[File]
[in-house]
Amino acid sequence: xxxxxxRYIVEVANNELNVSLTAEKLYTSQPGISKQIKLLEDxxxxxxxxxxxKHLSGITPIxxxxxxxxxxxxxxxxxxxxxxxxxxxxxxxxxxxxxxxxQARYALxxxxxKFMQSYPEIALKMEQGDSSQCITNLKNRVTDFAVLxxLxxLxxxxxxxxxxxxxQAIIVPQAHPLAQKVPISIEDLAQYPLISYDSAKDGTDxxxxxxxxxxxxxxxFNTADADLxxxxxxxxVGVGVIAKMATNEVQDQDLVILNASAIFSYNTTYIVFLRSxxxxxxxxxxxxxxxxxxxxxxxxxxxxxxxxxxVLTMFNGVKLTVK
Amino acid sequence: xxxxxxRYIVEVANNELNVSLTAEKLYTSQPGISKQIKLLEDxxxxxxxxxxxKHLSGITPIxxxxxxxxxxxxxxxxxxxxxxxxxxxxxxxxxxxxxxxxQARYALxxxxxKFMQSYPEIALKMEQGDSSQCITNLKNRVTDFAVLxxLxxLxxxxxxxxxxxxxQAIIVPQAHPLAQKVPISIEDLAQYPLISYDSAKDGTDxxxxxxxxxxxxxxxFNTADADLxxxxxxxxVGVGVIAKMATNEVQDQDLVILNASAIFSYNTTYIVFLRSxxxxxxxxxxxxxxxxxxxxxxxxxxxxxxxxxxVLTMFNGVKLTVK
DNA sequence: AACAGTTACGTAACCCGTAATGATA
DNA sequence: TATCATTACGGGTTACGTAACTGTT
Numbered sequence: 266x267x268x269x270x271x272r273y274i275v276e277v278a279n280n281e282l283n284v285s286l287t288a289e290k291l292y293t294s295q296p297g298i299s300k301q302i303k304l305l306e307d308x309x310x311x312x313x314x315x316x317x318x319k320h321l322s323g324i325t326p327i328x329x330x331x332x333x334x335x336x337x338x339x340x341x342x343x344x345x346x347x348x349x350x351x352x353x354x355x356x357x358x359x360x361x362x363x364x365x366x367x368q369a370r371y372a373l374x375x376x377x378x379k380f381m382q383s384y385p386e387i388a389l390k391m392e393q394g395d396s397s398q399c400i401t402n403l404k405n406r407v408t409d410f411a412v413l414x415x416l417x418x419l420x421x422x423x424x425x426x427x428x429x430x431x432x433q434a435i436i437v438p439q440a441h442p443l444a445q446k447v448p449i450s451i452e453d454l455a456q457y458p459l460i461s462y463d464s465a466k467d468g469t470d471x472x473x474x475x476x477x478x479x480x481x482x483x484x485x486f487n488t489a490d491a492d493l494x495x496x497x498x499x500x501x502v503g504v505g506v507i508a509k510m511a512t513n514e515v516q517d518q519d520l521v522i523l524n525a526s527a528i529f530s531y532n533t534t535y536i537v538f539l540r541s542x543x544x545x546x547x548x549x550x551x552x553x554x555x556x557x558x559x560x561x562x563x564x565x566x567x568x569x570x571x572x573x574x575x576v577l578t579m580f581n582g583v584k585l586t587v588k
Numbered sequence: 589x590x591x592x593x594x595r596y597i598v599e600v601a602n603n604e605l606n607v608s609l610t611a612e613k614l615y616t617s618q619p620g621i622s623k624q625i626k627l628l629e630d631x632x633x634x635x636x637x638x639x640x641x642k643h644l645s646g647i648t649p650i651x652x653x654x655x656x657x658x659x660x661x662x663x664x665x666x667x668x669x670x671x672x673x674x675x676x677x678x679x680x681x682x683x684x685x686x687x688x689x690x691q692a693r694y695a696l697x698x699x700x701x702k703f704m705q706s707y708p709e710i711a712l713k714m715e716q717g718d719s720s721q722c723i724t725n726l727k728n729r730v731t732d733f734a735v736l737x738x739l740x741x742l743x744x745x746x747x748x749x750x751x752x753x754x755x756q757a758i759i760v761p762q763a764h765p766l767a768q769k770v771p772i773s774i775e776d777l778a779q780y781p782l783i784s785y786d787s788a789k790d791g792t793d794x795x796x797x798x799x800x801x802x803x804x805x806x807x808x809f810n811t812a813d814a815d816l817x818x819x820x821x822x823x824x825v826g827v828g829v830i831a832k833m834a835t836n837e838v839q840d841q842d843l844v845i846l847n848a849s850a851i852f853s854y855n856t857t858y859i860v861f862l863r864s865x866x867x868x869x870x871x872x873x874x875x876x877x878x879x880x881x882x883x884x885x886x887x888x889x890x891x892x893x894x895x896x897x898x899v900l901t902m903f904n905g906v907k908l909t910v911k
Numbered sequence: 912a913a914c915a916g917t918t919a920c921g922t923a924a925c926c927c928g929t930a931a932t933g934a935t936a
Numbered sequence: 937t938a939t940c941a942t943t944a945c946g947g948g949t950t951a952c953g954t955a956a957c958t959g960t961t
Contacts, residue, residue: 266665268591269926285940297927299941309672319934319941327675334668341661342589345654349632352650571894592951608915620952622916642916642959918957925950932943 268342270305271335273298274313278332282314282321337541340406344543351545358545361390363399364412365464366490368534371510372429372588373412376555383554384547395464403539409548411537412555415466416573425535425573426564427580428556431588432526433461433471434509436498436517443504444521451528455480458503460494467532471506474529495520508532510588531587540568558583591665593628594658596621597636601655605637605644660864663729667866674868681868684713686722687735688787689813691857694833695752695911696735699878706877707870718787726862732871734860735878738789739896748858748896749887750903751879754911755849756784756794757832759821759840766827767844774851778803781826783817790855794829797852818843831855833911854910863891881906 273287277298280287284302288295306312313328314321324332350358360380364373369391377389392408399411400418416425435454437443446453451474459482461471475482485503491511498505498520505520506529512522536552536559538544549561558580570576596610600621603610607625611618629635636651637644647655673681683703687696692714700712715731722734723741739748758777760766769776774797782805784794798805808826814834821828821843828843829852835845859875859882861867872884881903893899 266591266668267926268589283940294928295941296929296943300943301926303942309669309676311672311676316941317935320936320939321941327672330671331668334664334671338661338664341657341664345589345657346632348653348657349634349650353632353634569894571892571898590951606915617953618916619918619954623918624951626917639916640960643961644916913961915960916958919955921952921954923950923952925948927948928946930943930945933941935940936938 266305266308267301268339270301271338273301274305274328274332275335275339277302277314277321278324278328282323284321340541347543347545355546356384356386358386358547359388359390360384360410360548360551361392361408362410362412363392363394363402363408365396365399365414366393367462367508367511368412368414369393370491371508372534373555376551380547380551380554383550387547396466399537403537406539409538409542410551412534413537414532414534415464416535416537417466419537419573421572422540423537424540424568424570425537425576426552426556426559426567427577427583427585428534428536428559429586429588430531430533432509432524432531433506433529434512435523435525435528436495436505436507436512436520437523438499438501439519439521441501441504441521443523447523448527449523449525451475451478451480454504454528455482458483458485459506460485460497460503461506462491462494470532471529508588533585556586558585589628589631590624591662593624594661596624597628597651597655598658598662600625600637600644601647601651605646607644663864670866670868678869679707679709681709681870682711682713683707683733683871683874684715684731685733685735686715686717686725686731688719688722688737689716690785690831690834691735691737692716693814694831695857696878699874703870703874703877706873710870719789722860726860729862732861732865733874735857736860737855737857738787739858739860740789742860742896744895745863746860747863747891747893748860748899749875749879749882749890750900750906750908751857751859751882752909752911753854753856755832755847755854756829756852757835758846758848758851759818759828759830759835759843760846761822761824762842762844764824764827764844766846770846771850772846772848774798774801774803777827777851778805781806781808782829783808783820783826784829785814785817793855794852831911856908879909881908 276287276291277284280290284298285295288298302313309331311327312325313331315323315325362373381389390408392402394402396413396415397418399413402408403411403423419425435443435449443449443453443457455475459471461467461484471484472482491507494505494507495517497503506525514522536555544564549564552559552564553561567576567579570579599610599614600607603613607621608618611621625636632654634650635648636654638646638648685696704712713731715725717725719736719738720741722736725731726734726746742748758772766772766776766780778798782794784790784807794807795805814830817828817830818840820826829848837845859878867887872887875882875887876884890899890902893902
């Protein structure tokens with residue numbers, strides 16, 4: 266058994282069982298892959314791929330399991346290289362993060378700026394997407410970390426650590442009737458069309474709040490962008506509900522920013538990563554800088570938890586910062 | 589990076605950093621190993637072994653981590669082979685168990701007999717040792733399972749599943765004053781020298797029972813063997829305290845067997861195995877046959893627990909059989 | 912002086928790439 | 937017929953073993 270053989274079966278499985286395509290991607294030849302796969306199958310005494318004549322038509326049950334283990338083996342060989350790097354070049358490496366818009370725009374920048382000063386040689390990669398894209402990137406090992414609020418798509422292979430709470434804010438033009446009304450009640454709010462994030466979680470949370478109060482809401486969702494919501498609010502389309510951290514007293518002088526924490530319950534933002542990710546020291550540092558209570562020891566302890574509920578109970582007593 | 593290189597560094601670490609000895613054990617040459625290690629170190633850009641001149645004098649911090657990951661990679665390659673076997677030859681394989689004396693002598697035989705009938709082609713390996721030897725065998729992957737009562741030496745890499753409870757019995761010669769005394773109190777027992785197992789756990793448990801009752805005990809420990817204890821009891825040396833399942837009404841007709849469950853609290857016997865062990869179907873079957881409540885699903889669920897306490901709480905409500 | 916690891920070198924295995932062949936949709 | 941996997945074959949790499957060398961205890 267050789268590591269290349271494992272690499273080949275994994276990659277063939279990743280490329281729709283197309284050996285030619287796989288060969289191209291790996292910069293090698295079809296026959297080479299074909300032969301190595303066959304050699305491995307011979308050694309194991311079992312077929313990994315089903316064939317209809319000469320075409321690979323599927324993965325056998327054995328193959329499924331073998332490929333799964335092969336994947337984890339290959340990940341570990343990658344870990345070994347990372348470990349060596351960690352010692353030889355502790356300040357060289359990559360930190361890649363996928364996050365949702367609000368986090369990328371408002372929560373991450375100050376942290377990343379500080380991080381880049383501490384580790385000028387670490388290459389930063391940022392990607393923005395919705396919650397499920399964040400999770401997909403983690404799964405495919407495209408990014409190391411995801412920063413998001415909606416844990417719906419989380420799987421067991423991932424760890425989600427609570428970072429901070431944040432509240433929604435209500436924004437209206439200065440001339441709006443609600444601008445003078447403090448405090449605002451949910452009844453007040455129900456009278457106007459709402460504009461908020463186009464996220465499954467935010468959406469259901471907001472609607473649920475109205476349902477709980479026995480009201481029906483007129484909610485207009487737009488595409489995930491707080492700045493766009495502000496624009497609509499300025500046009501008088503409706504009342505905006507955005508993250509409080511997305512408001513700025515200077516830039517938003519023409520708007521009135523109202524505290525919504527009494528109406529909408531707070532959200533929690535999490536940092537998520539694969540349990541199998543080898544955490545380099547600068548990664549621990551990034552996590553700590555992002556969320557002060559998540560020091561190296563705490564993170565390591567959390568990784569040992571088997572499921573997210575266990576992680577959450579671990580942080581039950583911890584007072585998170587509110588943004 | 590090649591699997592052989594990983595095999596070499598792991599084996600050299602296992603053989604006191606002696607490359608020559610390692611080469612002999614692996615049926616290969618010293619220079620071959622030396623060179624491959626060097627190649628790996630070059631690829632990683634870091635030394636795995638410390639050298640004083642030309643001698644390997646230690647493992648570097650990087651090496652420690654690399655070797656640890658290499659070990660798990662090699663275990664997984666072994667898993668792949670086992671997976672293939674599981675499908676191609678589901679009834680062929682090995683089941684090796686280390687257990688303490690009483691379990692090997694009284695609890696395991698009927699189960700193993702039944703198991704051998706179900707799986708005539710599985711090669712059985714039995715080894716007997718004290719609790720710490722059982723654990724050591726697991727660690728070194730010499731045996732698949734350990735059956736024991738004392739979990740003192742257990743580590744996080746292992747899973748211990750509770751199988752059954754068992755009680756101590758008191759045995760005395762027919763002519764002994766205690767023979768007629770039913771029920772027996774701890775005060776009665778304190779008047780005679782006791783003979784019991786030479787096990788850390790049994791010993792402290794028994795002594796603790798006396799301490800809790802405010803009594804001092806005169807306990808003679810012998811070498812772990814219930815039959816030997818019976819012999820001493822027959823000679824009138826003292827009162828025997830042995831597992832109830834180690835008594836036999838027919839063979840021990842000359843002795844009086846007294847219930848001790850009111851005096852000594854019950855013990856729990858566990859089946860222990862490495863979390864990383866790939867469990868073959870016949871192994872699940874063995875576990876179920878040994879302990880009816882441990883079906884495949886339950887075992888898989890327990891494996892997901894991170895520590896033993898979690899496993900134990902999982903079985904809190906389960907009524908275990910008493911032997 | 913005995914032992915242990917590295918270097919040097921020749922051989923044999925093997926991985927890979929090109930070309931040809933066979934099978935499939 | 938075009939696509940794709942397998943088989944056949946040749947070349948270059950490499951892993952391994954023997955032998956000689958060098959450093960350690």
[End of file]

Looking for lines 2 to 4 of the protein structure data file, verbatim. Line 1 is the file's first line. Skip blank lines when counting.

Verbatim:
Amino acid sequence: xxxxxxRYIVEVANNELNVSLTAEKLYTSQPGISKQIKLLEDxxxxxxxxxxxKHLSGITPIxxxxxxxxxxxxxxxxxxxxxxxxxxxxxxxxxxxxxxxxQARYALxxxxxKFMQSYPEIALKMEQGDSSQCITNLKNRVTDFAVLxxLxxLxxxxxxxxxxxxxQAIIVPQAHPLAQKVPISIEDLAQYPLISYDSAKDGTDxxxxxxxxxxxxxxxFNTADADLxxxxxxxxVGVGVIAKMATNEVQDQDLVILNASAIFSYNTTYIVFLRSxxxxxxxxxxxxxxxxxxxxxxxxxxxxxxxxxxVLTMFNGVKLTVK
Amino acid sequence: xxxxxxRYIVEVANNELNVSLTAEKLYTSQPGISKQIKLLEDxxxxxxxxxxxKHLSGITPIxxxxxxxxxxxxxxxxxxxxxxxxxxxxxxxxxxxxxxxxQARYALxxxxxKFMQSYPEIALKMEQGDSSQCITNLKNRVTDFAVLxxLxxLxxxxxxxxxxxxxQAIIVPQAHPLAQKVPISIEDLAQYPLISYDSAKDGTDxxxxxxxxxxxxxxxFNTADADLxxxxxxxxVGVGVIAKMATNEVQDQDLVILNASAIFSYNTTYIVFLRSxxxxxxxxxxxxxxxxxxxxxxxxxxxxxxxxxxVLTMFNGVKLTVK
DNA sequence: AACAGTTACGTAACCCGTAATGATA